Orlando Sentinel | By Leslie Postal | July 29, 2021
Florida students struggled more on the state’s standardized tests this spring compared to counterparts tested before the pandemic struck, with scores dropping most sharply in math, according to data posted online Thursday by the Florida Department of Education.
On the math section of the Florida Standards Assessments, for example, 53% of the fourth-graders scored at or above grade level compared to 64% in 2019, the last time the state-administered its series of exams in math, reading, science and social studies.
Lower scores, blamed on a “COVID slide,” were expected after the coronavirus pandemic upended the academic year and disrupted the education of thousands of students, many of whom studied online for at least some of the 2020-21 school year. Third-grade reading scores, released in June, showed a similar decline.
Because of these challenges, the state waived testing consequences this year, meaning seniors can graduate, third graders can move to fourth and students can earn course grades even if they skipped exams or didn’t pass them.
On the 2021 tests, Central Florida school districts mostly mirrored state trends.
Statewide, in all subjects, smaller percentages of students in 2021 scored at grade level, or passed the exams, compared to 2019. The state canceled its annual battery of standardized tests — the Florida Standards Assessments, or FSA, state science tests and state end-of-course exams — in 2020 when public schools shut down because of the pandemic.
This year, on FSA language arts and reading tests, for example, the percentage of ninth and 10th graders passing fell from 54% two years ago to 50% this year.
On the end-of-course civics exam, typically taken in seventh grade, the percentage passing dropped from 71% to 64%, and on the biology exam 62% passed down from 67% in 2019.
But the drop-off was steepest in math, with 10 percentage point declines on most exams for most grade groups. The percentage of middle-schoolers passing the algebra end-of-course exam, for example, fell from 88% in 2019 to 78% this year.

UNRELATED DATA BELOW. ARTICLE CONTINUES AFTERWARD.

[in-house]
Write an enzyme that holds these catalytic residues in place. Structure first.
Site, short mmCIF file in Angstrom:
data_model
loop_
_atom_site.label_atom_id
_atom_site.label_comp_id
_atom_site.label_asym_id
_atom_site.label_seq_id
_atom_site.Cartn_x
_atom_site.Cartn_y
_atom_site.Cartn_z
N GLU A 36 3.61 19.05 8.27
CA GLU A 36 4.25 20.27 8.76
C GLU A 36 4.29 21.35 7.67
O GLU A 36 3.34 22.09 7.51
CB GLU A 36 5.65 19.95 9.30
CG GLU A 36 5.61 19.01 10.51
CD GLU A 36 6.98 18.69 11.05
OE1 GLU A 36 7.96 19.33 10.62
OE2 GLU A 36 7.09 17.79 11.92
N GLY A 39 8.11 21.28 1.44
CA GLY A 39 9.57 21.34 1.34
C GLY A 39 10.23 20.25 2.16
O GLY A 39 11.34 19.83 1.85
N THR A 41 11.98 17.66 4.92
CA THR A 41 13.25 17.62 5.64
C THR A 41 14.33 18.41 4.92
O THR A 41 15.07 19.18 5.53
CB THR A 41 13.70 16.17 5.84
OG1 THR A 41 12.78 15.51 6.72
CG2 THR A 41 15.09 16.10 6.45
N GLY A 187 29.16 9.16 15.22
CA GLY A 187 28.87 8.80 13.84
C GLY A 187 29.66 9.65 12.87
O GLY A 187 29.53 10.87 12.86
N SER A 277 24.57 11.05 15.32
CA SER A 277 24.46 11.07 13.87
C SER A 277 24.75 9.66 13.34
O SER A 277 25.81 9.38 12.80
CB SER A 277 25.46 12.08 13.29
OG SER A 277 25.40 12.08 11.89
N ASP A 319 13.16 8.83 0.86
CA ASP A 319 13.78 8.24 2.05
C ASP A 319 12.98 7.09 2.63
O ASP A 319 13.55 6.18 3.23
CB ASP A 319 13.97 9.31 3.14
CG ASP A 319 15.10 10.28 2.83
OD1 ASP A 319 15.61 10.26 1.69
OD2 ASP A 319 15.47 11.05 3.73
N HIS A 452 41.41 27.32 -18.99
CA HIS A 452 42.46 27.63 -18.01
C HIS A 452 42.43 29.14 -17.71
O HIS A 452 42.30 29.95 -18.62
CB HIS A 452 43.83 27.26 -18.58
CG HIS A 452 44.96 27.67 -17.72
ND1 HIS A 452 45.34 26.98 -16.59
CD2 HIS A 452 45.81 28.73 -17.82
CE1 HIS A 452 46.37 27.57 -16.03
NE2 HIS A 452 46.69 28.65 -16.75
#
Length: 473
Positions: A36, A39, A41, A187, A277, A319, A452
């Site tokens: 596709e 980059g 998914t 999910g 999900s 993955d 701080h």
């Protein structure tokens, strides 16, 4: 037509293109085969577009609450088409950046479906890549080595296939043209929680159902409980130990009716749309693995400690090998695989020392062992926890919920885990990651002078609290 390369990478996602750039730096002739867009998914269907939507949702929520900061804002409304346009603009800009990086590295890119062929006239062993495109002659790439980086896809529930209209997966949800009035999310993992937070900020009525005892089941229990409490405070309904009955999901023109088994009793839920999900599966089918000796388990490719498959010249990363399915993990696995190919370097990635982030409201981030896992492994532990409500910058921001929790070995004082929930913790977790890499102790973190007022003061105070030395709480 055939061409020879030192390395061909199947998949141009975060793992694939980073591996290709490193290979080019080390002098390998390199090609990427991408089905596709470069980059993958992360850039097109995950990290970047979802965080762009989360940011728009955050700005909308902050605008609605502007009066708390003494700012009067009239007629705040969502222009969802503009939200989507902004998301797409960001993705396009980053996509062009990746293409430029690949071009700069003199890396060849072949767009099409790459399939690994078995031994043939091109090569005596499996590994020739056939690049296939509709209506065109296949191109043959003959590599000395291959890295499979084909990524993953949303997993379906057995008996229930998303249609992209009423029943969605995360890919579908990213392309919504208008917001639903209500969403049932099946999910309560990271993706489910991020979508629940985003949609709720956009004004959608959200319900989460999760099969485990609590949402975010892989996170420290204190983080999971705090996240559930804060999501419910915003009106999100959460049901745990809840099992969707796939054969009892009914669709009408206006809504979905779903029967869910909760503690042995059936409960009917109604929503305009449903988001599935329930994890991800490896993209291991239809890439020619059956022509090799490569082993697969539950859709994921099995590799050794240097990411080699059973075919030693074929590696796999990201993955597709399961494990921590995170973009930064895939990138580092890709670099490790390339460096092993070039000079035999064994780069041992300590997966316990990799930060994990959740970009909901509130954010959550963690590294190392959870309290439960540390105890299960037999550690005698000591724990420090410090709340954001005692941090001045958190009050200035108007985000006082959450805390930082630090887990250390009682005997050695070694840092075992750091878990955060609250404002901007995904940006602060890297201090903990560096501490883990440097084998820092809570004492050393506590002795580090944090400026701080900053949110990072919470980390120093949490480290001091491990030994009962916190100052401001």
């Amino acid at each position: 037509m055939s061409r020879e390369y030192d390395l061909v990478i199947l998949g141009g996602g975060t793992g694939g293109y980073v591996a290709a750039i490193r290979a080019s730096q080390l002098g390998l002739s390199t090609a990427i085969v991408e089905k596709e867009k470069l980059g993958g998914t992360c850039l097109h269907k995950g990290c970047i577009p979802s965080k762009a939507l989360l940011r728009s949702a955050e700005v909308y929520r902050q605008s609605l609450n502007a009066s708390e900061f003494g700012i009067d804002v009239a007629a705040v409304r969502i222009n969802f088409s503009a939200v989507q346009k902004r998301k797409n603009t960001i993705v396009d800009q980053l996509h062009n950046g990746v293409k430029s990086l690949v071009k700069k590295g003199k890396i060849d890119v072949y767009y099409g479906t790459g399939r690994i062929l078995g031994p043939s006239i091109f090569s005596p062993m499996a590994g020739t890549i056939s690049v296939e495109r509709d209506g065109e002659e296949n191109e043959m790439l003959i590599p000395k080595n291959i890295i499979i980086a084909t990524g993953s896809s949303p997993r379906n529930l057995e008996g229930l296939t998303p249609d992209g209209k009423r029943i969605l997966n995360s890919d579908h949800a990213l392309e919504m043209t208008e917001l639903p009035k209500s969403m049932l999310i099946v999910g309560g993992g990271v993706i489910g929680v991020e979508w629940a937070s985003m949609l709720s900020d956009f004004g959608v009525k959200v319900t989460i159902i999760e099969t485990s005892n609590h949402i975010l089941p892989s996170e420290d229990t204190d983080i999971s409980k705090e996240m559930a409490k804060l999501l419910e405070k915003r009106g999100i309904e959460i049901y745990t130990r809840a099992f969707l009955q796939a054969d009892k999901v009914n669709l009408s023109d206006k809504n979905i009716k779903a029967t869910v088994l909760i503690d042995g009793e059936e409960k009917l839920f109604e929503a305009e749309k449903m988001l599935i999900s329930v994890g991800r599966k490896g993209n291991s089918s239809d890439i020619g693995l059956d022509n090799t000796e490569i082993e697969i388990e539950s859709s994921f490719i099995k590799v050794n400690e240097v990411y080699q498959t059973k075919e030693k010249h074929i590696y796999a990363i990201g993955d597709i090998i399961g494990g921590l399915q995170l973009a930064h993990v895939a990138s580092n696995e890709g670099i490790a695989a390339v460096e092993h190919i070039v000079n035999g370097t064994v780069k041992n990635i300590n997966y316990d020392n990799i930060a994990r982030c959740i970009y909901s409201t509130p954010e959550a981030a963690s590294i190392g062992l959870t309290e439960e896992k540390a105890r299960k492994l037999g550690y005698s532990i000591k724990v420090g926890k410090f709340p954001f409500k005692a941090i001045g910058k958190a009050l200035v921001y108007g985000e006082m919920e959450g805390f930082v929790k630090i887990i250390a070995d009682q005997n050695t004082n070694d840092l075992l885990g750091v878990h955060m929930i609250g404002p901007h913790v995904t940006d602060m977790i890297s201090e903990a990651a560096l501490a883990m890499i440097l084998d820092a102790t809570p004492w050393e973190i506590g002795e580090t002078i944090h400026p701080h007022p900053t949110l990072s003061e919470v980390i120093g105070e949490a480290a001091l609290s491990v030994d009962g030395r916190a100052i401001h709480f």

Walt Griffin, who recently retired as superintendent for the Seminole County school district, had predicted math scores would be lower this year. That’s because parents were likely more comfortable helping with reading lessons when their children were home last spring — when all classes were remote — and if those youngsters did online classes for the 2020-21 school year. Parents typically are more unsure about how to help with math, Griffin had said.
Education Commissioner Richard Corcoran had urged schools to test as many students as possible this spring, asking those doing online classes to come in and sit for exams, so school districts could understand what students had learned, or failed to grasp in the past year.
But some parents objected, saying if they didn’t feel comfortable having their students on campus for classes they didn’t want to send them in to take state exams. About 30% of Florida’s students were studying remotely when testing began.
The number of test-takers did fall, though most students took the exams. This year, for example, nearly 10,000 fewer 10th graders took the FSA language arts exam than in 2019, with 186,374 sitting for the test this year compared to 196,275 two years ago.
Local educators, who’d urged Corcoran to drop high-stakes testing consequences this year, were relieved when he did. But they said the test scores still would provide some useful data, helping to pinpoint academic gaps that need to be filled in this year.
Opponents of high-stakes tests, however, said the data should be disregarded.
“Rather than fixating on the fully expected score declines, Florida education policymakers should focus on providing necessary resources to schools and educators so they can address the academic, social and emotional needs of the kids and families they serve,” said Bob Schaeffer, executive director of FairTest: National Center for Fair & Open Testing, in an emailed statement Thursday.
“Once again, standardized exam scores are not telling us anything useful for improving learning or equity,” he added.
The Florida Department of Education did not immediately respond to a request for comment on the 2021 scores.
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